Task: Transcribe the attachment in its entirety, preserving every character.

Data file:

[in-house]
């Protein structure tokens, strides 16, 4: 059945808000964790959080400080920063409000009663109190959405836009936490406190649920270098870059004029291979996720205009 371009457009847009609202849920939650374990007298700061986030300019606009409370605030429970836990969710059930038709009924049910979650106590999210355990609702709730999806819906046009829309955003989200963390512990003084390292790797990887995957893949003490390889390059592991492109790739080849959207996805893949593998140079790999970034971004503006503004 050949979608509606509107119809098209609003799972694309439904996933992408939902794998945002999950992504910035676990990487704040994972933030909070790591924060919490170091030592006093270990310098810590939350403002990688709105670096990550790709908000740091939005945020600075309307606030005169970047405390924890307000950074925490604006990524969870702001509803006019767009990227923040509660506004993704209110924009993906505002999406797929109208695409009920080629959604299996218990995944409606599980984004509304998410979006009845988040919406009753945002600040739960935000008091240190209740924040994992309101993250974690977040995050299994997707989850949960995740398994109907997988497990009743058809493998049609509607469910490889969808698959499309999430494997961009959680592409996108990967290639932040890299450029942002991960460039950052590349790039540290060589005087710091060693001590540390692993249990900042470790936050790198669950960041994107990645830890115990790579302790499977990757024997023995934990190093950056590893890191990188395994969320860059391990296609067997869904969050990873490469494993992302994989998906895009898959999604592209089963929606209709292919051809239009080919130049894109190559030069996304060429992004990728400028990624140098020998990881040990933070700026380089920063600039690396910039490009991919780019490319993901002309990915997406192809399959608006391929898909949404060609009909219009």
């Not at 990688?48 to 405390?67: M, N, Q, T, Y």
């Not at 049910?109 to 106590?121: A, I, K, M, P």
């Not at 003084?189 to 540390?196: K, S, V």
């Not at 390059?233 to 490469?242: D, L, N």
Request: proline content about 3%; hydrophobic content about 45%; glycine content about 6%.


[in-house]
């Protein structure tokens, strides 16, 4: 059945808000964790959080400080920063409000009663109190959405836009936490406190649920270098870059004029291979996720205009 371009457009847009609202849920939650374990007298700061986030300019606009409370605030429970836990969710059930038709009924049910979650106590999210355990609702709730999806819906046009829309955003989200963390512990003084390292790797990887995957893949003490390889390059592991492109790739080849959207996805893949593998140079790999970034971004503006503004 050949979608509606509107119809098209609003799972694309439904996933992408939902794998945002999950992504910035676990990487704040994972933030909070790591924060919490170091030592006093270990310098810590939350403002990688709105670096990550790709908000740091939005945020600075309307606030005169970047405390924890307000950074925490604006990524969870702001509803006019767009990227923040509660506004993704209110924009993906505002999406797929109208695409009920080629959604299996218990995944409606599980984004509304998410979006009845988040919406009753945002600040739960935000008091240190209740924040994992309101993250974690977040995050299994997707989850949960995740398994109907997988497990009743058809493998049609509607469910490889969808698959499309999430494997961009959680592409996108990967290639932040890299450029942002991960460039950052590349790039540290060589005087710091060693001590540390692993249990900042470790936050790198669950960041994107990645830890115990790579302790499977990757024997023995934990190093950056590893890191990188395994969320860059391990296609067997869904969050990873490469494993992302994989998906895009898959999604592209089963929606209709292919051809239009080919130049894109190559030069996304060429992004990728400028990624140098020998990881040990933070700026380089920063600039690396910039490009991919780019490319993901002309990915997406192809399959608006391929898909949404060609009909219009």
């Not at 990688?48 to 405390?67: M, N, Q, T, Y």
């Not at 049910?109 to 106590?121: A, I, K, M, P």
């Not at 003084?189 to 540390?196: K, S, V």
């Not at 390059?233 to 490469?242: D, L, N």
Request: proline content about 3%; hydrophobic content about 45%; glycine content about 6%.